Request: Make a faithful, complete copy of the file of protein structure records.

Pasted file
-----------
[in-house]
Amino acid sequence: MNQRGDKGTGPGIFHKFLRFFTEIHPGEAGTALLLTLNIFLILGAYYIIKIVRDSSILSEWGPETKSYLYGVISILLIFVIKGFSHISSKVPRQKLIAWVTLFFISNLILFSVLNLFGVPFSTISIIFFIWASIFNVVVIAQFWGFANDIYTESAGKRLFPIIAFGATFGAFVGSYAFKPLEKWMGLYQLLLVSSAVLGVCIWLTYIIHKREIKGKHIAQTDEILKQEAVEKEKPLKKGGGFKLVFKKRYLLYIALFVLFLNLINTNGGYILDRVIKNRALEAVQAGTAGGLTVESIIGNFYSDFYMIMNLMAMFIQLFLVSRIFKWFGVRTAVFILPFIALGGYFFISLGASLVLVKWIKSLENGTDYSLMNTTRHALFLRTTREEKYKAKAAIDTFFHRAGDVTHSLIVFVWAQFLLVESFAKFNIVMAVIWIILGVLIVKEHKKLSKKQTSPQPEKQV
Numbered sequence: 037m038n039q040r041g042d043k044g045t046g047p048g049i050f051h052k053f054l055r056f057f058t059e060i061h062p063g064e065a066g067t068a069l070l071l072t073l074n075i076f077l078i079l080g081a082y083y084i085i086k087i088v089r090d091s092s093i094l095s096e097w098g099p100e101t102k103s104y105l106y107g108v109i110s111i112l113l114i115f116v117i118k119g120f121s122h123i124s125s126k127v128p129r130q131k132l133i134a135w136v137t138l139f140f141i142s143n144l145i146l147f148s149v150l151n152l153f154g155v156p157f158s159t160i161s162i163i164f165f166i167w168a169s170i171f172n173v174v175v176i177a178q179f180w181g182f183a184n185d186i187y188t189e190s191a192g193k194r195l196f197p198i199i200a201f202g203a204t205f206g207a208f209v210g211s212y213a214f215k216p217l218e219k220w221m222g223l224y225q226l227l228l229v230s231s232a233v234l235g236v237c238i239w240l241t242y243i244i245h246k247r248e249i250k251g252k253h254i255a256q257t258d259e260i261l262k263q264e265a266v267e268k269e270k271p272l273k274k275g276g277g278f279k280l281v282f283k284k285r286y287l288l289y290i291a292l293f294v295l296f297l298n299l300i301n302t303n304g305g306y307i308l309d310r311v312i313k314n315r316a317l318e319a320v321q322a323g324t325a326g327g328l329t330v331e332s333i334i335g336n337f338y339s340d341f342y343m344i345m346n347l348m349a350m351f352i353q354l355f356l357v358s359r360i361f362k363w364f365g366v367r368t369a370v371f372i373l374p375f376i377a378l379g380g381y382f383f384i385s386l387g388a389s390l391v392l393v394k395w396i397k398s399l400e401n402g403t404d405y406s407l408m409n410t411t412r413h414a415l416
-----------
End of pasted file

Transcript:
[in-house]
Amino acid sequence: MNQRGDKGTGPGIFHKFLRFFTEIHPGEAGTALLLTLNIFLILGAYYIIKIVRDSSILSEWGPETKSYLYGVISILLIFVIKGFSHISSKVPRQKLIAWVTLFFISNLILFSVLNLFGVPFSTISIIFFIWASIFNVVVIAQFWGFANDIYTESAGKRLFPIIAFGATFGAFVGSYAFKPLEKWMGLYQLLLVSSAVLGVCIWLTYIIHKREIKGKHIAQTDEILKQEAVEKEKPLKKGGGFKLVFKKRYLLYIALFVLFLNLINTNGGYILDRVIKNRALEAVQAGTAGGLTVESIIGNFYSDFYMIMNLMAMFIQLFLVSRIFKWFGVRTAVFILPFIALGGYFFISLGASLVLVKWIKSLENGTDYSLMNTTRHALFLRTTREEKYKAKAAIDTFFHRAGDVTHSLIVFVWAQFLLVESFAKFNIVMAVIWIILGVLIVKEHKKLSKKQTSPQPEKQV
Numbered sequence: 037m038n039q040r041g042d043k044g045t046g047p048g049i050f051h052k053f054l055r056f057f058t059e060i061h062p063g064e065a066g067t068a069l070l071l072t073l074n075i076f077l078i079l080g081a082y083y084i085i086k087i088v089r090d091s092s093i094l095s096e097w098g099p100e101t102k103s104y105l106y107g108v109i110s111i112l113l114i115f116v117i118k119g120f121s122h123i124s125s126k127v128p129r130q131k132l133i134a135w136v137t138l139f140f141i142s143n144l145i146l147f148s149v150l151n152l153f154g155v156p157f158s159t160i161s162i163i164f165f166i167w168a169s170i171f172n173v174v175v176i177a178q179f180w181g182f183a184n185d186i187y188t189e190s191a192g193k194r195l196f197p198i199i200a201f202g203a204t205f206g207a208f209v210g211s212y213a214f215k216p217l218e219k220w221m222g223l224y225q226l227l228l229v230s231s232a233v234l235g236v237c238i239w240l241t242y243i244i245h246k247r248e249i250k251g252k253h254i255a256q257t258d259e260i261l262k263q264e265a266v267e268k269e270k271p272l273k274k275g276g277g278f279k280l281v282f283k284k285r286y287l288l289y290i291a292l293f294v295l296f297l298n299l300i301n302t303n304g305g306y307i308l309d310r311v312i313k314n315r316a317l318e319a320v321q322a323g324t325a326g327g328l329t330v331e332s333i334i335g336n337f338y339s340d341f342y343m344i345m346n347l348m349a350m351f352i353q354l355f356l357v358s359r360i361f362k363w364f365g366v367r368t369a370v371f372i373l374p375f376i377a378l379g380g381y382f383f384i385s386l387g388a389s390l391v392l393v394k395w396i397k398s399l400e401n402g403t404d405y406s407l408m409n410t411t412r413h414a415l416